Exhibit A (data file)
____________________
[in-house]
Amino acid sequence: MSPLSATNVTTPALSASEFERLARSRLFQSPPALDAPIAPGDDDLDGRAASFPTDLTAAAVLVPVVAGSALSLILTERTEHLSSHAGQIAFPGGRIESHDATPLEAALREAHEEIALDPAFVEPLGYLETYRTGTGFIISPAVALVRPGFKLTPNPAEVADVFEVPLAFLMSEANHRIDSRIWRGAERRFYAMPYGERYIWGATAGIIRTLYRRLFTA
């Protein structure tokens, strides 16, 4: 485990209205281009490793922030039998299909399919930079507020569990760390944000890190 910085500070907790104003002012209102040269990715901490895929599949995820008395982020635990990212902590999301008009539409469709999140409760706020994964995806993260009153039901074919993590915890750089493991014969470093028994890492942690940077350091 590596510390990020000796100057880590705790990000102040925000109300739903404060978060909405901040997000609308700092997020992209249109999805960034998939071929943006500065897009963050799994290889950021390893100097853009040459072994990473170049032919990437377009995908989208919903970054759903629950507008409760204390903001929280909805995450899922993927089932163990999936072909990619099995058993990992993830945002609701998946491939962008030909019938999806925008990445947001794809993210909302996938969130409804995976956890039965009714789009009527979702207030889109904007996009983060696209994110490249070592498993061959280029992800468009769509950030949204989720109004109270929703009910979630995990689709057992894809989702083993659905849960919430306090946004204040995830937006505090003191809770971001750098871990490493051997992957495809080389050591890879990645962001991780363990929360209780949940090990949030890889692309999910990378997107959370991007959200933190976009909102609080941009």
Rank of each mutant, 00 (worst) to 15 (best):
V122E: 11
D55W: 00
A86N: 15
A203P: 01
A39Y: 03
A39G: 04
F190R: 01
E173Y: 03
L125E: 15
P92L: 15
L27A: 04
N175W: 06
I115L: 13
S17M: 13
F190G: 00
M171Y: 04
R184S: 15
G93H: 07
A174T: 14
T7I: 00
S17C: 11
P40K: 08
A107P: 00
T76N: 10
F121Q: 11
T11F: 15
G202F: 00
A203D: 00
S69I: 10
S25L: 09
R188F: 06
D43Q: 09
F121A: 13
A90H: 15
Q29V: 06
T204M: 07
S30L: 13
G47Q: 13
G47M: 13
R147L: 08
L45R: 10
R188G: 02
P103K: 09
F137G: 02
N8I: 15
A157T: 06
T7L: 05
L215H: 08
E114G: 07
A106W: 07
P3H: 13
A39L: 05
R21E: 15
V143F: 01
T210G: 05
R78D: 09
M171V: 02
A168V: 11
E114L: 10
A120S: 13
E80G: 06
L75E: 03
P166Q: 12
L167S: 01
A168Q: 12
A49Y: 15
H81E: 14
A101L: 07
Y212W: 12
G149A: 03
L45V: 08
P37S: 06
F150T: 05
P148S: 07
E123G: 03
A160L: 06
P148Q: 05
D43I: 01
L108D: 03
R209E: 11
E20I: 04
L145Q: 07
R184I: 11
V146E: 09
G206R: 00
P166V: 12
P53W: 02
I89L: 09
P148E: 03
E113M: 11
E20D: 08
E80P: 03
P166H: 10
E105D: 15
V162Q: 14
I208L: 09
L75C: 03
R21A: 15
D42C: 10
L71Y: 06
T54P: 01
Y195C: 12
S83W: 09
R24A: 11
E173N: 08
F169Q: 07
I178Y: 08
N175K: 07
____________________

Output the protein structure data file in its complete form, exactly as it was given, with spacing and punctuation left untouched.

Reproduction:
[in-house]
Amino acid sequence: MSPLSATNVTTPALSASEFERLARSRLFQSPPALDAPIAPGDDDLDGRAASFPTDLTAAAVLVPVVAGSALSLILTERTEHLSSHAGQIAFPGGRIESHDATPLEAALREAHEEIALDPAFVEPLGYLETYRTGTGFIISPAVALVRPGFKLTPNPAEVADVFEVPLAFLMSEANHRIDSRIWRGAERRFYAMPYGERYIWGATAGIIRTLYRRLFTA
């Protein structure tokens, strides 16, 4: 485990209205281009490793922030039998299909399919930079507020569990760390944000890190 910085500070907790104003002012209102040269990715901490895929599949995820008395982020635990990212902590999301008009539409469709999140409760706020994964995806993260009153039901074919993590915890750089493991014969470093028994890492942690940077350091 590596510390990020000796100057880590705790990000102040925000109300739903404060978060909405901040997000609308700092997020992209249109999805960034998939071929943006500065897009963050799994290889950021390893100097853009040459072994990473170049032919990437377009995908989208919903970054759903629950507008409760204390903001929280909805995450899922993927089932163990999936072909990619099995058993990992993830945002609701998946491939962008030909019938999806925008990445947001794809993210909302996938969130409804995976956890039965009714789009009527979702207030889109904007996009983060696209994110490249070592498993061959280029992800468009769509950030949204989720109004109270929703009910979630995990689709057992894809989702083993659905849960919430306090946004204040995830937006505090003191809770971001750098871990490493051997992957495809080389050591890879990645962001991780363990929360209780949940090990949030890889692309999910990378997107959370991007959200933190976009909102609080941009």
Rank of each mutant, 00 (worst) to 15 (best):
V122E: 11
D55W: 00
A86N: 15
A203P: 01
A39Y: 03
A39G: 04
F190R: 01
E173Y: 03
L125E: 15
P92L: 15
L27A: 04
N175W: 06
I115L: 13
S17M: 13
F190G: 00
M171Y: 04
R184S: 15
G93H: 07
A174T: 14
T7I: 00
S17C: 11
P40K: 08
A107P: 00
T76N: 10
F121Q: 11
T11F: 15
G202F: 00
A203D: 00
S69I: 10
S25L: 09
R188F: 06
D43Q: 09
F121A: 13
A90H: 15
Q29V: 06
T204M: 07
S30L: 13
G47Q: 13
G47M: 13
R147L: 08
L45R: 10
R188G: 02
P103K: 09
F137G: 02
N8I: 15
A157T: 06
T7L: 05
L215H: 08
E114G: 07
A106W: 07
P3H: 13
A39L: 05
R21E: 15
V143F: 01
T210G: 05
R78D: 09
M171V: 02
A168V: 11
E114L: 10
A120S: 13
E80G: 06
L75E: 03
P166Q: 12
L167S: 01
A168Q: 12
A49Y: 15
H81E: 14
A101L: 07
Y212W: 12
G149A: 03
L45V: 08
P37S: 06
F150T: 05
P148S: 07
E123G: 03
A160L: 06
P148Q: 05
D43I: 01
L108D: 03
R209E: 11
E20I: 04
L145Q: 07
R184I: 11
V146E: 09
G206R: 00
P166V: 12
P53W: 02
I89L: 09
P148E: 03
E113M: 11
E20D: 08
E80P: 03
P166H: 10
E105D: 15
V162Q: 14
I208L: 09
L75C: 03
R21A: 15
D42C: 10
L71Y: 06
T54P: 01
Y195C: 12
S83W: 09
R24A: 11
E173N: 08
F169Q: 07
I178Y: 08
N175K: 07